Emergency Response Benefit accepting applications starting Monday

Cheryl Sanders
April 6, 2020

The Government of Canada will begin accepting applications for the federal Emergency Response Benefit next week, said Prime Minister Justin Trudeau in his latest public address on Sunday.

"We want people to stay home and not to work [in person] unless it's absolutely essential", he said.

"I will say that we'll do what is necessary to keep Canadians safe and we will do it in as constructive a way as possible".

He said he would tell the president both countries were interlinked in ways that would hurt the two nations if supply chains were cut.

Canadian health care workers - like those in the USA - are in dire need of the masks that provide more protection against the virus that causes COVID-19.

Amazon Canada will work collaboratively with the Canadian authorities to manage orders by its on-line Amazon Enterprise retailer, Ottawa stated in a launch.

"I am confident we are going to be able to solve this", Trudeau said.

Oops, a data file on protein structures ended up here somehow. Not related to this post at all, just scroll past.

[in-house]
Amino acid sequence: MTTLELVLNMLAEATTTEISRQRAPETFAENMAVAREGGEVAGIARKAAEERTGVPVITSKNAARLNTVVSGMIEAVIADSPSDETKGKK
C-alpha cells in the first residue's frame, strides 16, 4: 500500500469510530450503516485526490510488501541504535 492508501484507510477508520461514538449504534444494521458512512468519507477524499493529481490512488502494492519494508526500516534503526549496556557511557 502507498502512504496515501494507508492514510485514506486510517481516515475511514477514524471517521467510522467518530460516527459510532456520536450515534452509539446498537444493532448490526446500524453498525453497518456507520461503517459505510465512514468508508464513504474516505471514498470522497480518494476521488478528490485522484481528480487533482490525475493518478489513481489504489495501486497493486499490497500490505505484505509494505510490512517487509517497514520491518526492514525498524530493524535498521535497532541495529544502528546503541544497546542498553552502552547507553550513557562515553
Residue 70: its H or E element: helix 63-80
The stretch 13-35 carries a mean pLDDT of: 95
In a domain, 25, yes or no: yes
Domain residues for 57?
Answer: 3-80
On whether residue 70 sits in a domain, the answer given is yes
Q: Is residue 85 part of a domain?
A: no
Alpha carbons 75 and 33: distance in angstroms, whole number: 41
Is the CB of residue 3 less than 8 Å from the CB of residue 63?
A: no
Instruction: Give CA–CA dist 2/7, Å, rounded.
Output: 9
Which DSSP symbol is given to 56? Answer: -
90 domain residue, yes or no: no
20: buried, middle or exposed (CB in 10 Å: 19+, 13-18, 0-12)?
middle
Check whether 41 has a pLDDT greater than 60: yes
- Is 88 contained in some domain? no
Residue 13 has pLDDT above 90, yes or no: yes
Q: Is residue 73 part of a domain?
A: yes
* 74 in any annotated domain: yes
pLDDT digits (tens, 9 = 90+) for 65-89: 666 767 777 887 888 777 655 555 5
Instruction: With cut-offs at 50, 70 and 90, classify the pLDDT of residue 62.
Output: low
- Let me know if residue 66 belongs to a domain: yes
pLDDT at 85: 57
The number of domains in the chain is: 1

"My job is to work with the Americans, with our allies to serve Canadians" Trudeau says, when asked about Trump's aggressive tactics during the crisis.

Trudeau says the government would also make announcements "in the coming days and weeks" about specific support for fishers and agricultural producers. He said his government is considering support measures for students, from modifications to the Canada Summer Job Program to direct financial support.

Trudeau went on to say that the best thing Canadians can do during this time is to follow the advice of public health officials, to not only protect their health but that of their loved ones and society as a whole.

Trudeau announced Saturday that Canada is set to receive millions of masks from China within the next 48 hours as his government jostles for medical supplies and after USA -based manufacturer 3M said it got direction Friday from the Trump administration to stop exporting N95 respirators to Canada and Latin America.

President Donald Trump has invoked the Defense Production Act, a Korean War-era USA law that provides the power to redirect US manufacturing capacity in times of national crisis, to compel American producers of PPEs and ventilators to ramp up their production and prioritize orders for the Federal Emergency Management Agency.

He's disappointed in reports that Minnesota-based manufacturer 3M has been told to stop exporting face masks.

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